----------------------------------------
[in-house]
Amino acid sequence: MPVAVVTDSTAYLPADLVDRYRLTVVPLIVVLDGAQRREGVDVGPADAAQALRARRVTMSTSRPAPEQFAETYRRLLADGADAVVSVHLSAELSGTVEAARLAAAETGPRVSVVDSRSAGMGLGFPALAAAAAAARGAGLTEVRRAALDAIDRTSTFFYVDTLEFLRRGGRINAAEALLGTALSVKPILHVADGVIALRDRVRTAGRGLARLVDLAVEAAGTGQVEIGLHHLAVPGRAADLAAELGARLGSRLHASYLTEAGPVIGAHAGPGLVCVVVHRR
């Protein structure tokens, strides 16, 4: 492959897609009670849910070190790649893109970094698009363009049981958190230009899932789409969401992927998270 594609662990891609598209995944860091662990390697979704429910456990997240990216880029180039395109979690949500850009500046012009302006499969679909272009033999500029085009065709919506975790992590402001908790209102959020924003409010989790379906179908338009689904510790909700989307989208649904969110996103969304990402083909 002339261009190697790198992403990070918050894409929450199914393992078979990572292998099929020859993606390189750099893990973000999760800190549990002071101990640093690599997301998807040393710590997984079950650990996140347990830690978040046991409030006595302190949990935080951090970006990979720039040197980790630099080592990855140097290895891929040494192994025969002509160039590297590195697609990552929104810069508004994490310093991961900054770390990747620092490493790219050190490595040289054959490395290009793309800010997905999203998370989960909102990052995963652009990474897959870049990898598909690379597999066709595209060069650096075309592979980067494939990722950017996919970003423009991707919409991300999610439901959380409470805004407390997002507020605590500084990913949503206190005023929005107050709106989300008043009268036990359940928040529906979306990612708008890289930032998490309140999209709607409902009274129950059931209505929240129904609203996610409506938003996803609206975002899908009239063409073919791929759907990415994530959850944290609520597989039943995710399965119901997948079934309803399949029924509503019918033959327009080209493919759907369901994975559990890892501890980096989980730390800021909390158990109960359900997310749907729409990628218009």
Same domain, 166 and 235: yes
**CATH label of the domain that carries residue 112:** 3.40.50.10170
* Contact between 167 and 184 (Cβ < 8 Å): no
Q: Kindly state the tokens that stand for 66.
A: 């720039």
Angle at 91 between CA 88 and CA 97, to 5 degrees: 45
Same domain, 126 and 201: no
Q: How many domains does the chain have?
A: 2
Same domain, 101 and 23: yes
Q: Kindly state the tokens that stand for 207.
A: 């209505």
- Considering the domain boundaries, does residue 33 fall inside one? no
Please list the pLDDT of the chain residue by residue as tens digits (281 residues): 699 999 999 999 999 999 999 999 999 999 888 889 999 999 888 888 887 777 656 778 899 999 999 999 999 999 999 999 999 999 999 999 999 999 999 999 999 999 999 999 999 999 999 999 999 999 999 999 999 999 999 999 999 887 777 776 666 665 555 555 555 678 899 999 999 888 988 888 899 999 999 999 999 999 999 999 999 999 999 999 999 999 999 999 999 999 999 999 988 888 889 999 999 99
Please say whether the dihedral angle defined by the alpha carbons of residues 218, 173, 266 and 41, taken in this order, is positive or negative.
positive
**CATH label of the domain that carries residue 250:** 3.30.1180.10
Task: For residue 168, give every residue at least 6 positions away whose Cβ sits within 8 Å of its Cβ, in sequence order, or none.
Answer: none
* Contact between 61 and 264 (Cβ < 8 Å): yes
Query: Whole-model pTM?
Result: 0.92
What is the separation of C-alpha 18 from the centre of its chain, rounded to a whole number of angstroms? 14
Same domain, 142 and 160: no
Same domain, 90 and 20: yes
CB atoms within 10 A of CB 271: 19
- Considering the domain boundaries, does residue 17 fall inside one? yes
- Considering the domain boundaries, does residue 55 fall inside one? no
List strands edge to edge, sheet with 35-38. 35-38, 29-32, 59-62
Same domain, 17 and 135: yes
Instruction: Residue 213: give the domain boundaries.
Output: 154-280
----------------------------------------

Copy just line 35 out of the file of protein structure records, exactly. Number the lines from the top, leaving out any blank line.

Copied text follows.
Output: 154-280